It's a good Christmas when the cookies are homemade. I had two kinds this Christmas.
First, my niece, two of my great-nieces, and I made Christmas cookies with my mother's red HRM plastic cutters. (I've blogged about these before, so I won't again.) My niece Jen made the dough and helped us cut out the cookies. Then she baked them. The next day, E and I painted some cookies in the morning, and after lunch V and I decorated some more. V loved painting with the brushes, bright colors, and confectioner's sugar and cream. When studying the cookie cutters, she announced that she was afraid of the witch (there are a gingerbread house, witch, and Gretel; Hansel disappeared years ago). However, when we cut the cookies, she made two witches, and when we decorated, she insisted that she paint both witches, which she left for Santa before going to bed.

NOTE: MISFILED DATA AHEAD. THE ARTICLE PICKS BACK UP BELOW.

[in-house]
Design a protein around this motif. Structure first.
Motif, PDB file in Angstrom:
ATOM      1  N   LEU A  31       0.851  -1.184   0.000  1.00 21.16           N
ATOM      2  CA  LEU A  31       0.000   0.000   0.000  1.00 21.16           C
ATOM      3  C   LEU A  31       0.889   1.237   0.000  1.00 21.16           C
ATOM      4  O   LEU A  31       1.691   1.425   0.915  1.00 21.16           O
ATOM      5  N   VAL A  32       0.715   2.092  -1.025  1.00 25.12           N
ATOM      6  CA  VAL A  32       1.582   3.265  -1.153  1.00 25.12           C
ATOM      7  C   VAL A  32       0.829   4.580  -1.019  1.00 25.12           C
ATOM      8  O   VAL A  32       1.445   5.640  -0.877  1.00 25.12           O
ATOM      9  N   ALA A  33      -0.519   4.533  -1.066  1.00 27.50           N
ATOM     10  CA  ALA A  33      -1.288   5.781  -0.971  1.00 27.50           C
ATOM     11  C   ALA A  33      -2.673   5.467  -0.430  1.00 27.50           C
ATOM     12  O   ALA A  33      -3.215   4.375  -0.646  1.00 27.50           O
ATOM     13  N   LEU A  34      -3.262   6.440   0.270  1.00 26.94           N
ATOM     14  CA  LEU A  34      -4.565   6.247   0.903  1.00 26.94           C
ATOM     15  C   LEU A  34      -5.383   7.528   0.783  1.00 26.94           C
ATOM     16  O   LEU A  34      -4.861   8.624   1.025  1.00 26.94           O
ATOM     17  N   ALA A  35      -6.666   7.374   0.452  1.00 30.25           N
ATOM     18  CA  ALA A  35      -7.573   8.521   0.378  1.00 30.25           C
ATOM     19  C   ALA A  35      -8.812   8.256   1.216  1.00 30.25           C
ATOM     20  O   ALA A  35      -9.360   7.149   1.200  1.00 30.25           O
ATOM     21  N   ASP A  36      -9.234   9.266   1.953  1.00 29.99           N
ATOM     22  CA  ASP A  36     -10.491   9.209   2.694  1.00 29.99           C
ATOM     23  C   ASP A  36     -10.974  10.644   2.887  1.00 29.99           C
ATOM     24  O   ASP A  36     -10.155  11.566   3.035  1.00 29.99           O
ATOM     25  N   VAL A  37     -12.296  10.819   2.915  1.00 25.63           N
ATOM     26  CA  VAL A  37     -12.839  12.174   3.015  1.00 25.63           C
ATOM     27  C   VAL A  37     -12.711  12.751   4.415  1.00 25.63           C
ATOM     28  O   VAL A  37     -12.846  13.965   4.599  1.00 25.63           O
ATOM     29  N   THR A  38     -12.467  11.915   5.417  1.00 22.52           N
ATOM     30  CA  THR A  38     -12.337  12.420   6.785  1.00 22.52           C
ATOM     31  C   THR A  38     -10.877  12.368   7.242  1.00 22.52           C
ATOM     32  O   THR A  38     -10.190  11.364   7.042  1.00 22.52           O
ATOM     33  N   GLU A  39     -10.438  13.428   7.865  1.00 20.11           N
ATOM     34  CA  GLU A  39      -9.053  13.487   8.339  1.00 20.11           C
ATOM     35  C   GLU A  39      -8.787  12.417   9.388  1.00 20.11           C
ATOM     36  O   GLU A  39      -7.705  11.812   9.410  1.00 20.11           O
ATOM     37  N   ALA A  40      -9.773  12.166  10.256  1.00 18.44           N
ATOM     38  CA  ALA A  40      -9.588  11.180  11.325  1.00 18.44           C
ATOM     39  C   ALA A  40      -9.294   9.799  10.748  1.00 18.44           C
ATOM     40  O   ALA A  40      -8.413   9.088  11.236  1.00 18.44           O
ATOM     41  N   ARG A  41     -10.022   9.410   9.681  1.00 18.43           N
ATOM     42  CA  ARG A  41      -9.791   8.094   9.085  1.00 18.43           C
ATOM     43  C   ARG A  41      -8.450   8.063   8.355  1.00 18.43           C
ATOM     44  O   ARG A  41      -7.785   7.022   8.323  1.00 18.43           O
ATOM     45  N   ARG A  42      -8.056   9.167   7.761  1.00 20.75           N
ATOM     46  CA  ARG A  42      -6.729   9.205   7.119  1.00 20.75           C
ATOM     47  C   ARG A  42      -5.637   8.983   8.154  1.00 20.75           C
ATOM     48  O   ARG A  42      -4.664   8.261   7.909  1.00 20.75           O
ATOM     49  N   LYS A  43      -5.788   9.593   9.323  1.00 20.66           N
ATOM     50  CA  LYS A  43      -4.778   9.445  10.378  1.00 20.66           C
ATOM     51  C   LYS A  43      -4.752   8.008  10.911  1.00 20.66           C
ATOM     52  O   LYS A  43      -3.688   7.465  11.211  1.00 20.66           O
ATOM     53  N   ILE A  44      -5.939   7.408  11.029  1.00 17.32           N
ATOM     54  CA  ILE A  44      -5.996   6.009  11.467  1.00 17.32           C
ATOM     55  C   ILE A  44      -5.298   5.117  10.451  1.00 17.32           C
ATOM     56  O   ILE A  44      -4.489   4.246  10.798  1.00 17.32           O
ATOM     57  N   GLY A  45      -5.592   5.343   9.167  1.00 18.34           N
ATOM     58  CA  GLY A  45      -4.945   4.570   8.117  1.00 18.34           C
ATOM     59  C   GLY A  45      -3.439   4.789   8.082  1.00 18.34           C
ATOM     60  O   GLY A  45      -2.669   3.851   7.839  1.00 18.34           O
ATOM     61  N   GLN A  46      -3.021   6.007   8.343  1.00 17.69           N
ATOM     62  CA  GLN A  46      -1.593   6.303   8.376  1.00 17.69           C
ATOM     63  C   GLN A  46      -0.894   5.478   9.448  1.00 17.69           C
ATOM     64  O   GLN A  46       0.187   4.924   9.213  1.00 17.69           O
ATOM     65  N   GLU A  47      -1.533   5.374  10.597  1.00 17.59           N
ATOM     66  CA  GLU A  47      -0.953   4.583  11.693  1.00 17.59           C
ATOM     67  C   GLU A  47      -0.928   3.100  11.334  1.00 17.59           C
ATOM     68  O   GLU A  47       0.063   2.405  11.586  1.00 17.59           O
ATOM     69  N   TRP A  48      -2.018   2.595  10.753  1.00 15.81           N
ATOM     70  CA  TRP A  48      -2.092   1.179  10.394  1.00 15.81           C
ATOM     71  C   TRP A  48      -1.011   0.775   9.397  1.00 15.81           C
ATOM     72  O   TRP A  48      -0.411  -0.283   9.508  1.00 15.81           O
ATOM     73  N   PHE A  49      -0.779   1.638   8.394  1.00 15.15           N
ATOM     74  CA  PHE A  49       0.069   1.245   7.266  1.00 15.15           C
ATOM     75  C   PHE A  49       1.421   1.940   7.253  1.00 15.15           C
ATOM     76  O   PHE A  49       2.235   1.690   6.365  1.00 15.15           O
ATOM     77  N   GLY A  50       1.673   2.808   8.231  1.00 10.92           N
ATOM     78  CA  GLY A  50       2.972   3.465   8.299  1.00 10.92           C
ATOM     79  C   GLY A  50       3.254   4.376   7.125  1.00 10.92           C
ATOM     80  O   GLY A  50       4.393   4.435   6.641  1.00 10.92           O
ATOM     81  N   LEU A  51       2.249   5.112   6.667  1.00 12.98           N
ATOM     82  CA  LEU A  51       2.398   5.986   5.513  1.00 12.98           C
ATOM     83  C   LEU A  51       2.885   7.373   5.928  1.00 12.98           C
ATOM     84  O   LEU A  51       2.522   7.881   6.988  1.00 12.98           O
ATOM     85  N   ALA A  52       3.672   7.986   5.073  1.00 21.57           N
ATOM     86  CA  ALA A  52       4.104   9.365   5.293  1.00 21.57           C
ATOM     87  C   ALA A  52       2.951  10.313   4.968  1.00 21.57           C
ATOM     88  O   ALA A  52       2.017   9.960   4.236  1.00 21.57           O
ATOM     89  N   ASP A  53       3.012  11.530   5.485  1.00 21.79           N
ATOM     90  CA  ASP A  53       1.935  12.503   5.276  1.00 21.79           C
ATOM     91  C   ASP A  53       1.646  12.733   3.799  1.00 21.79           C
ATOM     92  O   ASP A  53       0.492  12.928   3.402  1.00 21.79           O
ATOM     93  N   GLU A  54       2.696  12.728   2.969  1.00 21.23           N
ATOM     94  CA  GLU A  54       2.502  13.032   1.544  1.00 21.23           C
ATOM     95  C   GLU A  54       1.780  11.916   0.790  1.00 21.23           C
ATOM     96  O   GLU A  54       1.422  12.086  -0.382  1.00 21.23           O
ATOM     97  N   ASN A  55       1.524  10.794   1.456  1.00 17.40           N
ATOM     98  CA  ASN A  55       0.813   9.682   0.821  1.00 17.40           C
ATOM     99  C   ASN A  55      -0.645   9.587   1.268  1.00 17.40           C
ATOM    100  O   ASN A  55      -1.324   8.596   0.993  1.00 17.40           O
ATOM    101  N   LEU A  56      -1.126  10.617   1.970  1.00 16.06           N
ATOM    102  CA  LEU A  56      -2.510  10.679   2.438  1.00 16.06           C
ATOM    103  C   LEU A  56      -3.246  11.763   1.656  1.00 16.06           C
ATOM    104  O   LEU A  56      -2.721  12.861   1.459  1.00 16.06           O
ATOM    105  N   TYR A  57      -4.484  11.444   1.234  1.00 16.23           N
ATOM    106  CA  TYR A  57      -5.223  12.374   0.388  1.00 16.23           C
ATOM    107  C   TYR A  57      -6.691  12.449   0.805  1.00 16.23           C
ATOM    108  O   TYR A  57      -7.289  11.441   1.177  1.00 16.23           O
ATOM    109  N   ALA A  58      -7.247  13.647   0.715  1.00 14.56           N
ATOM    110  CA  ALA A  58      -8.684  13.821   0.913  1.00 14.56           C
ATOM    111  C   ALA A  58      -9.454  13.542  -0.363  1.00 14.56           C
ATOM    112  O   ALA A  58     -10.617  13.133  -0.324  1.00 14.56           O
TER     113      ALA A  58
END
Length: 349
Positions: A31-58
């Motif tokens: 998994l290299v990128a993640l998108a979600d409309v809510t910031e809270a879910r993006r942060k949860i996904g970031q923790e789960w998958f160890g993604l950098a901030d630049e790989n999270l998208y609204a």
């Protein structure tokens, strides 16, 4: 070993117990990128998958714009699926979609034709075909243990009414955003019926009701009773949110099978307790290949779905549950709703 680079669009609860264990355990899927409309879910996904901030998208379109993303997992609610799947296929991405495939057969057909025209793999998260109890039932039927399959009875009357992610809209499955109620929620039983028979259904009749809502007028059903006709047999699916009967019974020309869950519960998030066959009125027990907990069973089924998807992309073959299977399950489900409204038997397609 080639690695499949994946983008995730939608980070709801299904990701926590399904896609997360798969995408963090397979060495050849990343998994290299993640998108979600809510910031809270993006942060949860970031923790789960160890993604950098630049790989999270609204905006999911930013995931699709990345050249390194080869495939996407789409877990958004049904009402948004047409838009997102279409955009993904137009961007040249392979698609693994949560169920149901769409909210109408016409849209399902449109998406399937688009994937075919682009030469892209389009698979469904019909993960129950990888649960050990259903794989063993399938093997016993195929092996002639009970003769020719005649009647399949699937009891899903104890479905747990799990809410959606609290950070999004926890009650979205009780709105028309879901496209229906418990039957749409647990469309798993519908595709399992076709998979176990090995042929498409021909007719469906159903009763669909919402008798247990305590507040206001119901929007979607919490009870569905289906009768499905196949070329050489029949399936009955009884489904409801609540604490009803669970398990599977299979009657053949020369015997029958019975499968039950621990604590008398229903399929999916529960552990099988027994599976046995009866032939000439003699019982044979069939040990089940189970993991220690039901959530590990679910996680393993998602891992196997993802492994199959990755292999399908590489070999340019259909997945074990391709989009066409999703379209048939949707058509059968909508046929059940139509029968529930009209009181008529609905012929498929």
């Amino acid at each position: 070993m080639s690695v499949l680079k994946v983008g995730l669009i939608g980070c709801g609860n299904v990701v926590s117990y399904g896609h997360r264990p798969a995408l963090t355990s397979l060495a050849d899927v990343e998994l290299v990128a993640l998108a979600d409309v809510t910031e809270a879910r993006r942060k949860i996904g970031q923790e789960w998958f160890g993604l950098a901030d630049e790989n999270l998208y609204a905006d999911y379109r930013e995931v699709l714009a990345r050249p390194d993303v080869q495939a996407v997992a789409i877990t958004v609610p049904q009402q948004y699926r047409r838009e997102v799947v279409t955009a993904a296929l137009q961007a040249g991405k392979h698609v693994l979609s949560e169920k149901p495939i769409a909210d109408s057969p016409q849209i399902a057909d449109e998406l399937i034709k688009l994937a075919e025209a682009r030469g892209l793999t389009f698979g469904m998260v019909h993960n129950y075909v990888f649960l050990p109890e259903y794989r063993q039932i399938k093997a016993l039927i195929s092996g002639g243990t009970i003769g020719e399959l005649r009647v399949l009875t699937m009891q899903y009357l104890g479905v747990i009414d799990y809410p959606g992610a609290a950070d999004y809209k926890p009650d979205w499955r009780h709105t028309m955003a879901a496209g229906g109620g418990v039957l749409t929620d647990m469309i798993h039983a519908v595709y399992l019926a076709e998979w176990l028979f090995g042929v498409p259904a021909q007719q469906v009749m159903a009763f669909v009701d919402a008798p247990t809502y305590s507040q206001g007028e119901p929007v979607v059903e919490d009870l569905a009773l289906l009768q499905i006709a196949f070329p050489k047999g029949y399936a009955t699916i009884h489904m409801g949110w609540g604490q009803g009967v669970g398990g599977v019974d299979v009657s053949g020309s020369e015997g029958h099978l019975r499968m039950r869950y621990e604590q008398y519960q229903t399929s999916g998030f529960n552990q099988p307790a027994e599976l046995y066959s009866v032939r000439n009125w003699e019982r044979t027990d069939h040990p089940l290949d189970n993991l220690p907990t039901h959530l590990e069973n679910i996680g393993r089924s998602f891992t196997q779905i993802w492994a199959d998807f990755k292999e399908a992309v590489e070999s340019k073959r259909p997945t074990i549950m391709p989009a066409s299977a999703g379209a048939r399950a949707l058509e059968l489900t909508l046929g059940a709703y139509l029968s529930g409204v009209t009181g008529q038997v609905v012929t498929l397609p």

Christmas Eve afternoon, I visited my friend Betsy, her sister Mary, and their father. Just about Every Christmas I can remember, at least from 10th grade on, Betsy sneaked into the basement of my childhood home when no one was there and left a tin of homemade, decorated sugar cookies. Even after every one had grown and gone, she continued the tradition until my father and his second wife moved elsewhere. Hers was a true gift of friendship, a sign of which was evident in two of her gifts this year: one to E and V about cookies and one to me, Robert Sabuda's pop-up book, Cookie Count: A Tasty Pop-Up.A surprisingly sweet holiday, indeed, thanks to friendship, family, tradition, and cookies.